Feb 14, 2005
Posted in: Life & Culture
Today is Valentine's Day, the holiday where Americans celebrate love. At MIT, we celebrate the holiday in various fun ways. Of course, couples (yes, there is dating at MIT!) will get all dressed up and venture off to some of the many romantic restaurants and sites in Boston and Cambridge. On campus, there's the Valentine's skate (ice skating is an excellent date idea, for those of you who need suggestions), romantic movie screenings (such as Shakespeare in Love), flower sales, and candygrams.
One of my favorite Valentine's Day traditions at MIT is the serenade. Various MIT performance groups give students the opportunity to buy a serenade for their sweetheart, or friend, or professor. For example, I remember sitting in class my freshman year, listening to a (differential equations?) lecture, when, out of nowhere, come the Muses, MIT's all-female a capella group, to serenade some guy in the first row. At the end of the serenade, he was given a rose. The Muses ran off, and the lecture continued. A capella group serenades are probably the most popular. This morning, walking from the subway to my office, I ran into the Logarhythms, MIT's all-male a capella group, on their way from one serenade to another. But some of my favorite serenades aren't traditional serenades at all. I once was there when Roadkill Buffet, MIT's improv comedy troupe (think Whose Line Is It Anyway?) did a hilarious one; I think that was my senior year. You can also get a Shakespearean serenade from the Shakespeare Ensemble (if you're having a bad Valentine's Day, they also give the option of sending a harsh, anti-love sonnet).
Also related to Valentine's Day, did you know that those little candy hearts with sayings on them (e.g. "Be Mine," "Sweet Talk," and, yes, "Email me"), until 2002 were made at the Cambridge headquarters of NECCO (the New England Confectionery Company), right next to MIT's Random Hall dormitory? Ah, many of my finest memories of walking to class in the morning from my dorm were on days when the wind was blowing just right so that you'd get a sweet candy smell the entire stroll. Actually, Cambridge was once the center of America's candy universe, with 32 candy factories (including those for Tootsie Roll, Necco Wafers, and Squirrel Nut Zippers) in the city. Sadly, many of those have moved; NECCO moved to a nearby Boston suburb several years back (its site is now home to Novartis Institutes for BioMedical Research, so while the sweet toothed students are sad, those looking for even more in the way of biomedical internships are quite happy). Tootsie Roll, however, is still made just off MIT's campus, and it is a nice treat to smell their candy goodness while walking the streets of our fair city.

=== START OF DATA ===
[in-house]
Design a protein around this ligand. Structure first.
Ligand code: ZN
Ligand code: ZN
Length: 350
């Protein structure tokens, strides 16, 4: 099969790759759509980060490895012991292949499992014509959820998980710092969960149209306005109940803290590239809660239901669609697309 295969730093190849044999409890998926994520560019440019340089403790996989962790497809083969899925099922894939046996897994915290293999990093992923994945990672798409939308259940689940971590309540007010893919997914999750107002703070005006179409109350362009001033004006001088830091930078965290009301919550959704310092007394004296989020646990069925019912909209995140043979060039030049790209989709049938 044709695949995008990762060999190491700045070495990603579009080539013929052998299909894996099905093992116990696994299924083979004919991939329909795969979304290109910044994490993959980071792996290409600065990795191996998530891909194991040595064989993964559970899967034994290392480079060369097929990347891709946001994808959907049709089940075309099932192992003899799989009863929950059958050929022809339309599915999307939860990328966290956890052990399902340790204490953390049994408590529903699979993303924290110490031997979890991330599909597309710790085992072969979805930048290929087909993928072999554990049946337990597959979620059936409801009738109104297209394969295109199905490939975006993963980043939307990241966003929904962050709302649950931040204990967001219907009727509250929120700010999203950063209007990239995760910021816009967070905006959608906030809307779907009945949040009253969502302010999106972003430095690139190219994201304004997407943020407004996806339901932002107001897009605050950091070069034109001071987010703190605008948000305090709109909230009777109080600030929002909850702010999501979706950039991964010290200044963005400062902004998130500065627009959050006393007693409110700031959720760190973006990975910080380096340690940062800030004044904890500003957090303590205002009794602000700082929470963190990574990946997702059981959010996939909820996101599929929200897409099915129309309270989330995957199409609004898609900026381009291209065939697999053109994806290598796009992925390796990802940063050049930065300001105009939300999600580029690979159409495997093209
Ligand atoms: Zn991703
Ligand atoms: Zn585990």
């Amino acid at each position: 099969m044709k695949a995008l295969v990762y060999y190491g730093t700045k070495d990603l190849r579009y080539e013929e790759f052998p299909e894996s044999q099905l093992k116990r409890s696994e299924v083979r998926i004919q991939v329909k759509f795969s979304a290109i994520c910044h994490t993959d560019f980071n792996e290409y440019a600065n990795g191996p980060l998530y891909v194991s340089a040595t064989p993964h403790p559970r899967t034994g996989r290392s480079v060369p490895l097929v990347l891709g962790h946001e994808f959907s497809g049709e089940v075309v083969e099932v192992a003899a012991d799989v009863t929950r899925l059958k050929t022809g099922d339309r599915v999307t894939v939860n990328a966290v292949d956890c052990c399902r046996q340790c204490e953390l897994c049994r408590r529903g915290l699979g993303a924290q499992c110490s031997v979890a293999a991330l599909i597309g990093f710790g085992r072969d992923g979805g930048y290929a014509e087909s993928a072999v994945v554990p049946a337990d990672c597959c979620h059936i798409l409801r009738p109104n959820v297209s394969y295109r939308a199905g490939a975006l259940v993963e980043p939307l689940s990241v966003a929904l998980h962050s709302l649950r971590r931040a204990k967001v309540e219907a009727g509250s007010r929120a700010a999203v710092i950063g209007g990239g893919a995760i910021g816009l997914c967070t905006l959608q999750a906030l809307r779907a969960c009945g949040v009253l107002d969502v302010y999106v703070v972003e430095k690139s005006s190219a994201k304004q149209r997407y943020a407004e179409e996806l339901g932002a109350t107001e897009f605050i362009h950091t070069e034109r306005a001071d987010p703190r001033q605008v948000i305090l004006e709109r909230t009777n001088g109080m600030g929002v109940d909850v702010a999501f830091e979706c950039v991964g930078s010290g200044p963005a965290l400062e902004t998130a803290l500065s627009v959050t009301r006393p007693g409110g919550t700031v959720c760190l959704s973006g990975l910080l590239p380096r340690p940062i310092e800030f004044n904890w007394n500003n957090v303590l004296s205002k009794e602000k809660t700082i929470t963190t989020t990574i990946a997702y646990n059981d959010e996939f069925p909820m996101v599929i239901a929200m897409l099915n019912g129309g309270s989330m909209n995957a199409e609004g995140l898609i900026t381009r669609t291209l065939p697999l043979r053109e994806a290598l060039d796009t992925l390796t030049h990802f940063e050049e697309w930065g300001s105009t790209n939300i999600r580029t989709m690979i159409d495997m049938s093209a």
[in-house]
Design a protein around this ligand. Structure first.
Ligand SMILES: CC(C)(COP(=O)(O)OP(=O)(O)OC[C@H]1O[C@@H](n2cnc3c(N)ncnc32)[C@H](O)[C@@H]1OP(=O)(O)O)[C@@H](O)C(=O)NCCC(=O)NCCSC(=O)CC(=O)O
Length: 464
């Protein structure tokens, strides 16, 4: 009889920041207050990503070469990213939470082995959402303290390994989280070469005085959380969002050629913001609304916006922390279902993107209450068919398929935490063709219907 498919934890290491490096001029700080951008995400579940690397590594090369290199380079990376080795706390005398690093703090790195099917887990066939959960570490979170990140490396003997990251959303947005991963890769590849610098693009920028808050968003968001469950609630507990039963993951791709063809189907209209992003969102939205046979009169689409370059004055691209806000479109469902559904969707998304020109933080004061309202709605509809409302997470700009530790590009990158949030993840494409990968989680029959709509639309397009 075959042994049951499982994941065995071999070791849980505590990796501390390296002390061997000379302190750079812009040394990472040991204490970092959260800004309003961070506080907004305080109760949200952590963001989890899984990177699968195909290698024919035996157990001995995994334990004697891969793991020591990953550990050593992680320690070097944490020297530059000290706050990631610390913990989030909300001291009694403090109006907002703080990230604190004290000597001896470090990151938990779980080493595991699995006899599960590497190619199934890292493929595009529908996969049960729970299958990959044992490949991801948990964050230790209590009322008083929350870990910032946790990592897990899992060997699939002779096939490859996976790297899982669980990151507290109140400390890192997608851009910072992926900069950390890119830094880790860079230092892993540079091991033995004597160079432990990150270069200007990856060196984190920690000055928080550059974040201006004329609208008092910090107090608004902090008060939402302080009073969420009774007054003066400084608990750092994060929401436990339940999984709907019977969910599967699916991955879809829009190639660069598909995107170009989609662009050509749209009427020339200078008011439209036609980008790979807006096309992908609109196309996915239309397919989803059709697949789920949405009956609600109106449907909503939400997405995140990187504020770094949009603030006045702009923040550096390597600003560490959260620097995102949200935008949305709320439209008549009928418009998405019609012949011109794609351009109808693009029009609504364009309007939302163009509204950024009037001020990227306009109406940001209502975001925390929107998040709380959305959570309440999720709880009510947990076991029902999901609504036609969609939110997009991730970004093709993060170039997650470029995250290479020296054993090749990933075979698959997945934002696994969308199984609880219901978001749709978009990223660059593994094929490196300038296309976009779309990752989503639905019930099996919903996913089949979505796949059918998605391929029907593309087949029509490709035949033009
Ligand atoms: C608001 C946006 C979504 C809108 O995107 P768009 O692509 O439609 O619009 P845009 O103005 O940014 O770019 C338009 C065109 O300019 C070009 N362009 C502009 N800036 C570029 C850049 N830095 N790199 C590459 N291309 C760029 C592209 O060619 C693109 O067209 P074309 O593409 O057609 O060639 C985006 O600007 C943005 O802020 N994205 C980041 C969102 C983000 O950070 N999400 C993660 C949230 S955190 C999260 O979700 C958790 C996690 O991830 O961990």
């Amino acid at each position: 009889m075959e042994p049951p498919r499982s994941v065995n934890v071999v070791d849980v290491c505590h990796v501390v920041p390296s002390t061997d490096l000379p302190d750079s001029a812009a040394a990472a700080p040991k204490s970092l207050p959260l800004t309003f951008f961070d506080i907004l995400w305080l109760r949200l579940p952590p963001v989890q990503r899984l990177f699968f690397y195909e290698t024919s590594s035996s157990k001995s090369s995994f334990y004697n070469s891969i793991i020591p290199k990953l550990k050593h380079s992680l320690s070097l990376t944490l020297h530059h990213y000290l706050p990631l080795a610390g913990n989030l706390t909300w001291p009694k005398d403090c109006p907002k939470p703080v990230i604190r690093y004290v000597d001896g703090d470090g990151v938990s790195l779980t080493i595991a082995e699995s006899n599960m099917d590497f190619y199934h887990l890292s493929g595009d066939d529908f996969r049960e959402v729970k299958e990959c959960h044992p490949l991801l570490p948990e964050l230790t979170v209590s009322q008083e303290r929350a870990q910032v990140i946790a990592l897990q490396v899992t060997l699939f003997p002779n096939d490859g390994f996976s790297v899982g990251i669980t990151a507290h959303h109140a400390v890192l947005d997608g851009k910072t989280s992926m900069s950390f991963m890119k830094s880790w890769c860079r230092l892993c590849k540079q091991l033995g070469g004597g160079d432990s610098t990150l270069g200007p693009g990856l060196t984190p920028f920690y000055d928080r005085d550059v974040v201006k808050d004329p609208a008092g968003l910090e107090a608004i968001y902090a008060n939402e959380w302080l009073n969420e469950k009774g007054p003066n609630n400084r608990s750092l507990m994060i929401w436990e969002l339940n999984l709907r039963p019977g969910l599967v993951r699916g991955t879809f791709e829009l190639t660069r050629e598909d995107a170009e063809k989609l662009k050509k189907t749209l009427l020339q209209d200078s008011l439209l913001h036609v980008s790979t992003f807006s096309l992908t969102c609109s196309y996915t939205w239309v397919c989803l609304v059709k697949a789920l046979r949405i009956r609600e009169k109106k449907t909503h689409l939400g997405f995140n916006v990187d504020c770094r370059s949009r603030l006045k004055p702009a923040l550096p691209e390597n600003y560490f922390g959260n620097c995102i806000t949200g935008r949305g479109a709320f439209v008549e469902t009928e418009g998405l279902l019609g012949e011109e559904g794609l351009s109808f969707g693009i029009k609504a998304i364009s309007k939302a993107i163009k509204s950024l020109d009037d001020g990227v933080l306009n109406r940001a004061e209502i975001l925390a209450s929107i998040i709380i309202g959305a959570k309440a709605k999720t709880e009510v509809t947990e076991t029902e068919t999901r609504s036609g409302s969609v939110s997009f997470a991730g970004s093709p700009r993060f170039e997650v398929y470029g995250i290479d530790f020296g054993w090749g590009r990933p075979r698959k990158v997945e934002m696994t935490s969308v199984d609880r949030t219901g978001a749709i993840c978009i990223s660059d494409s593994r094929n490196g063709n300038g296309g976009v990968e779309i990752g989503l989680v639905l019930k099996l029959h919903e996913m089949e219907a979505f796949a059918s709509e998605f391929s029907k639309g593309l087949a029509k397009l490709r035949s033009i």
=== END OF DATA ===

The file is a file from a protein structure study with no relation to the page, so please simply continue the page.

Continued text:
Finally on the topic of V-Day, I'd like to put in a plug for MIT's production of the Obie-Award winning play The Vagina Monologues. I know many folks involved with the production of the show, and one of my housemates is featured on pages 78-79 of Eve Ensler's new book Vagina Warriors. I know the name of the play and book is somewhat, well, different and challenging for many, but the cause of V-Day is an important one: to stop violence against women and girls. I hope many of you will check out a production in your town this year or at your college next year; it will be produced at 700+ universities this year and in 400 communities.
Happy Valentine's Day to you and your loved ones!